I’m pretty excited to review another book! It’s taken me a while to get through this one because of outside pressures and obligations, but it’s a real page turner, especially for a history book!
I was aided in my reading by this book being one of my first on my iPad which I picked up in an attempt to help me move my library from being physical and heavy to even more extensive and no heavier than my reading device!
I was amazed at the amount of detail which was presented in this book. I was treated to a realist view of how the tea plant came to be so widely appreciated by the western world. Its instrumental pieces, discoveries and inventions necessary even for simply transport are astounding!
|Title||For All the Tea in China|
|Publisher||Viking Adult /
|Price||$12.99 USD (iBooks)
$15.00 USD (Amazon)
Our story starts with basic coverage of the botanical revolution taking place in England in the early 1800’s. Prior to this point, few people kept gardens or had plants of any sort growing in their homes. Generally, even the rich didn’t have much more than shrubs or trees and almost all of those tended to be domestic plants. Nothing of foreign growth such as lilacs, bonsai or bamboo.
It’s easy to get lost with this beautiful story of industrial and economic espionage. You’d be remiss if you didn’t ask yourself whether this was a work of fiction. It certainly reads like one. Only, it isn’t.
A rather interesting plan was concocted to dress Robert Fortune in traditional clothing of a wealthy Mandarin and travel the whole of China for the purpose of collecting tea plants and production methods and send them to India for cultivation. The plan worked!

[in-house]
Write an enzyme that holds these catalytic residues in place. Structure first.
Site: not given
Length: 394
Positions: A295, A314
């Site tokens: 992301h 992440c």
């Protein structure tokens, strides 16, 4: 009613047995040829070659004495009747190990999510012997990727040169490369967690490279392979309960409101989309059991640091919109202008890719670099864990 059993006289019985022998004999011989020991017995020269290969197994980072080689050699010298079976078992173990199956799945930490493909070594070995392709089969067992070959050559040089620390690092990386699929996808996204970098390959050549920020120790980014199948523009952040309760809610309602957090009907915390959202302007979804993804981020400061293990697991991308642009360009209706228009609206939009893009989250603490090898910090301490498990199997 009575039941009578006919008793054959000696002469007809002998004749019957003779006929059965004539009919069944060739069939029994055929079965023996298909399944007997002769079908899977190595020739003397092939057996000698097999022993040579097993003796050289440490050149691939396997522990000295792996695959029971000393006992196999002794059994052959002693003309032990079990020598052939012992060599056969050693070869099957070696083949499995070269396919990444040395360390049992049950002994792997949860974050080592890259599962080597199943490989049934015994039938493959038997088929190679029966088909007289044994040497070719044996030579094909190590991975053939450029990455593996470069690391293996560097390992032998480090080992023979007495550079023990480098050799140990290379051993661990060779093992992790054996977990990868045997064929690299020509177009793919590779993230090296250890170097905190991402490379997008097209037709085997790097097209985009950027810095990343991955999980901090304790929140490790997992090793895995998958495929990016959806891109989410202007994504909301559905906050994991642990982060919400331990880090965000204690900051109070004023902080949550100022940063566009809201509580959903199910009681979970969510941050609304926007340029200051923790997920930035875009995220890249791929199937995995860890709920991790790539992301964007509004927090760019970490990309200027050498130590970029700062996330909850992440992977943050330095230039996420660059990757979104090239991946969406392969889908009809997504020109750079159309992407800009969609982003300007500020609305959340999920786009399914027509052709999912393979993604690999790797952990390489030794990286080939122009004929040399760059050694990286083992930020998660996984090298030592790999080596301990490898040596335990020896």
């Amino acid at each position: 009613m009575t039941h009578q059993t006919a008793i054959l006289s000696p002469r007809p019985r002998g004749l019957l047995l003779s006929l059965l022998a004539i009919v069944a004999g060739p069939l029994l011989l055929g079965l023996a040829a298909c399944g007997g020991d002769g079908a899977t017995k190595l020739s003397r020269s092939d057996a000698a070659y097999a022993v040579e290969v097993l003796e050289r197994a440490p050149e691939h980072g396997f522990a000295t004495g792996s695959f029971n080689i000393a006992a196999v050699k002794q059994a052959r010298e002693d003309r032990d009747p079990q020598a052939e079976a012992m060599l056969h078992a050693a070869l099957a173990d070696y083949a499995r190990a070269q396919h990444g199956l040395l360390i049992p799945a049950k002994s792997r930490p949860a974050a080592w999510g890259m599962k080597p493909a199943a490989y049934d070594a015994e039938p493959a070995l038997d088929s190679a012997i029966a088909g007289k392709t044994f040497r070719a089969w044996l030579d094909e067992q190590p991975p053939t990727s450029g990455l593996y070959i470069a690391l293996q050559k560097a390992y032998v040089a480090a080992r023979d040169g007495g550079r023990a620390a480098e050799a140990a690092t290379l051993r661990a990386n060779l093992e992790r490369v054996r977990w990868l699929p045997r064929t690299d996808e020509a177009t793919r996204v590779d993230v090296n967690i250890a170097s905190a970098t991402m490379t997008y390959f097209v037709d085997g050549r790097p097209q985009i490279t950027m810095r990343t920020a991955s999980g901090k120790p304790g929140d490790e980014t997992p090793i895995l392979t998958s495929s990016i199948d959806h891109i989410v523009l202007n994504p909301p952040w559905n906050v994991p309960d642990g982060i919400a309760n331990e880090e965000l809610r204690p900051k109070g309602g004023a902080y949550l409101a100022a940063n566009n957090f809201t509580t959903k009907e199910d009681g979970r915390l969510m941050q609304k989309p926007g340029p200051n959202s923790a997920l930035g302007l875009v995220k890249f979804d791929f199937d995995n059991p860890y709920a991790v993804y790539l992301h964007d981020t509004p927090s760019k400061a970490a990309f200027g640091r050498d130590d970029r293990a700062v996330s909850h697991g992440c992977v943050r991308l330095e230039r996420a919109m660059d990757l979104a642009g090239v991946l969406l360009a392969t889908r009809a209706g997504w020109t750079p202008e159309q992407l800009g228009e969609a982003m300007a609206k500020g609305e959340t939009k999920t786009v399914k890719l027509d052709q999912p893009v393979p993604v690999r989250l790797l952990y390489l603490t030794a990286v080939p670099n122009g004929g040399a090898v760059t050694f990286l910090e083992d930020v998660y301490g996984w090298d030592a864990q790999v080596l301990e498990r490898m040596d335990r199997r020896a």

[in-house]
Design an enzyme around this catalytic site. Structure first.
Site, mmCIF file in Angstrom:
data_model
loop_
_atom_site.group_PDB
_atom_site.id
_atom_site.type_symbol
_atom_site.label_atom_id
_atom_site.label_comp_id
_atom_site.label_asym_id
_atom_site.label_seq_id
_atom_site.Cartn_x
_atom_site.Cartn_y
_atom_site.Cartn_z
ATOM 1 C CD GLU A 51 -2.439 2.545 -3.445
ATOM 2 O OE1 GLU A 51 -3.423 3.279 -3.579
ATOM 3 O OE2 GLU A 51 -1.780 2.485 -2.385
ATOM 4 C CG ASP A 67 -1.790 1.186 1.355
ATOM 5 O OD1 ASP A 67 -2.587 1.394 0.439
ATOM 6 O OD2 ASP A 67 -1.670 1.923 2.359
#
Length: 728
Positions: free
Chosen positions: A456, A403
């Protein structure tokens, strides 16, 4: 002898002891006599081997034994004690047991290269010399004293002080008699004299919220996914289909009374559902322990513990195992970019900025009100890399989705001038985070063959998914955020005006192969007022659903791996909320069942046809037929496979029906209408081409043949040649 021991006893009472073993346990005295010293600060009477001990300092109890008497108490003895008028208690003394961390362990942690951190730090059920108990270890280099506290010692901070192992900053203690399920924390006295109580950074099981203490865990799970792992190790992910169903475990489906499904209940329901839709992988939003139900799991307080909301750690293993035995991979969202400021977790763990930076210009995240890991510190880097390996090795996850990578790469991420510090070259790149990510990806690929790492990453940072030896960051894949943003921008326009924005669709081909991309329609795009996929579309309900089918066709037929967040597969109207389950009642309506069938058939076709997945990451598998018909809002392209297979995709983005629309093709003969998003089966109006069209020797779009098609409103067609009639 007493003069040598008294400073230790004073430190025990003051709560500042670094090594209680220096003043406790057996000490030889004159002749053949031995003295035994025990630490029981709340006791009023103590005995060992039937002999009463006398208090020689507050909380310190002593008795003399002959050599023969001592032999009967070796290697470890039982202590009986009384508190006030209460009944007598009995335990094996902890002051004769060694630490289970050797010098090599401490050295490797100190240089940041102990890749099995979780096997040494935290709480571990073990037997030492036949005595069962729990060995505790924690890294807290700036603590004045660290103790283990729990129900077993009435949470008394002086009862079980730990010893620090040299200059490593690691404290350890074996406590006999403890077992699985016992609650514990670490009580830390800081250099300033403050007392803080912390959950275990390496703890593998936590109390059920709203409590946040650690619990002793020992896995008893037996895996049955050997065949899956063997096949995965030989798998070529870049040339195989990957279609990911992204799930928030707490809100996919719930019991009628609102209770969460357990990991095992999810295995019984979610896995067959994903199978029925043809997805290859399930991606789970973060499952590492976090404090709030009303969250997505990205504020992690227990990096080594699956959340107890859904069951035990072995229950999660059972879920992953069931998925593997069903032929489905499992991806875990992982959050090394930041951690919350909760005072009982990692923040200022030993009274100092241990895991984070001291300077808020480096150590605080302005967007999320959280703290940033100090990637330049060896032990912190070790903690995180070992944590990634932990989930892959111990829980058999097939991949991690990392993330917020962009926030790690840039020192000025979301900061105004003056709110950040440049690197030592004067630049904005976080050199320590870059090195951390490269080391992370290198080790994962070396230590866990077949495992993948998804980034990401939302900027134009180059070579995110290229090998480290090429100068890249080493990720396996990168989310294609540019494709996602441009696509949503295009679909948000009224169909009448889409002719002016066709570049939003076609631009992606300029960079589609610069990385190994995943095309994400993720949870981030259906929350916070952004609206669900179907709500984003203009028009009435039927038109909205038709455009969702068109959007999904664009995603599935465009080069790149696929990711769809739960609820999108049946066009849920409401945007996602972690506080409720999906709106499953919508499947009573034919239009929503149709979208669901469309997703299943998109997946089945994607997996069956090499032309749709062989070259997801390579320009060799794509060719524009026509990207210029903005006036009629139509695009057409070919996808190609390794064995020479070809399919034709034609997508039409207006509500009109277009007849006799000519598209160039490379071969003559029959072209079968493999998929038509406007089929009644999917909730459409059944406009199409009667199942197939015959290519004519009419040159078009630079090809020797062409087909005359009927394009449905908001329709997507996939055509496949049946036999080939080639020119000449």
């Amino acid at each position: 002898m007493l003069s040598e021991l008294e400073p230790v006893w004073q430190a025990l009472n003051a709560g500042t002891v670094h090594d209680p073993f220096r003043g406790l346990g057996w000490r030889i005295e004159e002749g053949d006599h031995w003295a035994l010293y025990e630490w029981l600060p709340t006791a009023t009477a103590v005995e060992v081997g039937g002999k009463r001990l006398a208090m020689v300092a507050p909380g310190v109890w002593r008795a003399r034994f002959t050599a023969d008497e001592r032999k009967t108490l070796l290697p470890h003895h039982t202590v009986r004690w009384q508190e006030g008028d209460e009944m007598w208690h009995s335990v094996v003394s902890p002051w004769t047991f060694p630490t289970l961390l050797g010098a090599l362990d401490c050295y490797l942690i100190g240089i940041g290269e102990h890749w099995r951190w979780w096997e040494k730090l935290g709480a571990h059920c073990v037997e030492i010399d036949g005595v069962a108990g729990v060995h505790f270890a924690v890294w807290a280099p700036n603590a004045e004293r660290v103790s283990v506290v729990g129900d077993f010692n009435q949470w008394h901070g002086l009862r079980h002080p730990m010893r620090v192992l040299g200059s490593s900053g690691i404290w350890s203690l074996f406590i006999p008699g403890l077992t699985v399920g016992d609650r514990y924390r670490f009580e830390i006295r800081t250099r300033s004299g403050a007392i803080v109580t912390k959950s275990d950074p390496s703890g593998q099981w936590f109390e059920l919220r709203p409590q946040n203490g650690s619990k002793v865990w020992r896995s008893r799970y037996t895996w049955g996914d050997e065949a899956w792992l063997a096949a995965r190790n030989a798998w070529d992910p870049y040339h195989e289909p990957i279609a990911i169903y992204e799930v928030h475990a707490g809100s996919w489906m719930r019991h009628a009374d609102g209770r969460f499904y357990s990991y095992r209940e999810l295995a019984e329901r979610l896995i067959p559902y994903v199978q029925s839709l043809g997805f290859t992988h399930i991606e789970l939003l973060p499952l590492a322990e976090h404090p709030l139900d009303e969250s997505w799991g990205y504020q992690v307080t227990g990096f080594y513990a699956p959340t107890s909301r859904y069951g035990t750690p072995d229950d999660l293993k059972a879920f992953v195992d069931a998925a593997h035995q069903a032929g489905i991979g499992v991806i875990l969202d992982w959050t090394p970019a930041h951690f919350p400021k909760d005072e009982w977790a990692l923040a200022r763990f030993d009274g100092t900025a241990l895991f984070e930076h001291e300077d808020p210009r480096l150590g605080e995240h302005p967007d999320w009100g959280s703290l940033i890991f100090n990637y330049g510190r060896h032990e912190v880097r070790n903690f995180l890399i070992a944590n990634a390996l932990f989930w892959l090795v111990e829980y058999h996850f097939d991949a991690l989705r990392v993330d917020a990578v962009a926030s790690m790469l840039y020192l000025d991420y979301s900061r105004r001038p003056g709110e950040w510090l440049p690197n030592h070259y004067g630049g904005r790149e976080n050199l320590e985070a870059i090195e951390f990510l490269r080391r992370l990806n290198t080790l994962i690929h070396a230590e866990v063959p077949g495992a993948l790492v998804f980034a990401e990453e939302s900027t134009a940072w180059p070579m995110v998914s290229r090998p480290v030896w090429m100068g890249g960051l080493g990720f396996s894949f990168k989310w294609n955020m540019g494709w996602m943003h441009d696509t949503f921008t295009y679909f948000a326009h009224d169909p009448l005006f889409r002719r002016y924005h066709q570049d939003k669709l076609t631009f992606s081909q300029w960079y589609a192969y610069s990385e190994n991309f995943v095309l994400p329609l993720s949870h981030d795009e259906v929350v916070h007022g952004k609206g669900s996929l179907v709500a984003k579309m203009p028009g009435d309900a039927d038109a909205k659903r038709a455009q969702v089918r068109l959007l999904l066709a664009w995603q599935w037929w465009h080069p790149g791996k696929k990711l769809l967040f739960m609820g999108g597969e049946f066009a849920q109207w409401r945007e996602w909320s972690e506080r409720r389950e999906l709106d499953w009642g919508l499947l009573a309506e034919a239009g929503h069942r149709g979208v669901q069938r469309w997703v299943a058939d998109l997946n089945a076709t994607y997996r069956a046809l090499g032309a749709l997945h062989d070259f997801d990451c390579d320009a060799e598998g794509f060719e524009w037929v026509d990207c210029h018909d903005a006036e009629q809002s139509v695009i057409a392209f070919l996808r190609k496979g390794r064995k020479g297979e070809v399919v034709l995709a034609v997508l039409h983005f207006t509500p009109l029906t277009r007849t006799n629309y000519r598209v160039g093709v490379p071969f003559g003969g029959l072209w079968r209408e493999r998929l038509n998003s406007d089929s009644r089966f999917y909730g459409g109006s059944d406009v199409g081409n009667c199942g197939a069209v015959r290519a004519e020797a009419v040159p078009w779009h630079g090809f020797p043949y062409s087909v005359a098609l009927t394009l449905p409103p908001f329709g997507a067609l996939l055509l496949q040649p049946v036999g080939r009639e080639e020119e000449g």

Robert Fortune shrewdly worked out the international ownership rights to any and all plants not used for tea production. When this whole thing started, it was a generally accepted assumption that teas came from different plants. Black from one, green from another, etc. Robert Fortune helped to dispell this myth which he had initially subscribed to, but which the Chinese helped show him was wrong.
True to what we may understand of Chinese erroneous production methods for other products today, it turned out the Chinese had been including harmful chemical dyes with the green tea they shipped because the western world wanted their green teas to actually be green. A practice thank goodness which is no longer followed.
It was the botanical revolution and tea which helped to inspire and encourage the early use of an item called a wardian case which was used to transport plant seeds safely across the seas. Without these cases the salt in the air alone would destroy the virility of the seeds making them unusable once they reached their destination.
The invention of greenhouses was also early in this period and without them, trasport of the live plants from China to India and other locales would not have been possible.
I hope you are as captivated and enthralled by this book as I was. Sarah Rose has really put together a very special work which doesn’t feel like a dry history book at all. Instead it reads very much like a novel, and it engages every facet of the imagination as you read through it.